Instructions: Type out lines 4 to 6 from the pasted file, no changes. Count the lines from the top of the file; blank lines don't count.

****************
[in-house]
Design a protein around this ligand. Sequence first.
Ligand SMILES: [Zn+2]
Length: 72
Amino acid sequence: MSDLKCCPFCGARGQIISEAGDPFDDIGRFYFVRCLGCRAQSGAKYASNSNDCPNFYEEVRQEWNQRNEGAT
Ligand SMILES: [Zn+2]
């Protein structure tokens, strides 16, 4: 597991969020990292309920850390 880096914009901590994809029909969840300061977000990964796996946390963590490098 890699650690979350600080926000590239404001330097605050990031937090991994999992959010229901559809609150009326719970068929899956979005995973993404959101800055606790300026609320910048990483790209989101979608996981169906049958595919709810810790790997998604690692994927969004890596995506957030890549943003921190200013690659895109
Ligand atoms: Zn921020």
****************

Length: 72
Amino acid sequence: MSDLKCCPFCGARGQIISEAGDPFDDIGRFYFVRCLGCRAQSGAKYASNSNDCPNFYEEVRQEWNQRNEGAT
Ligand SMILES: [Zn+2]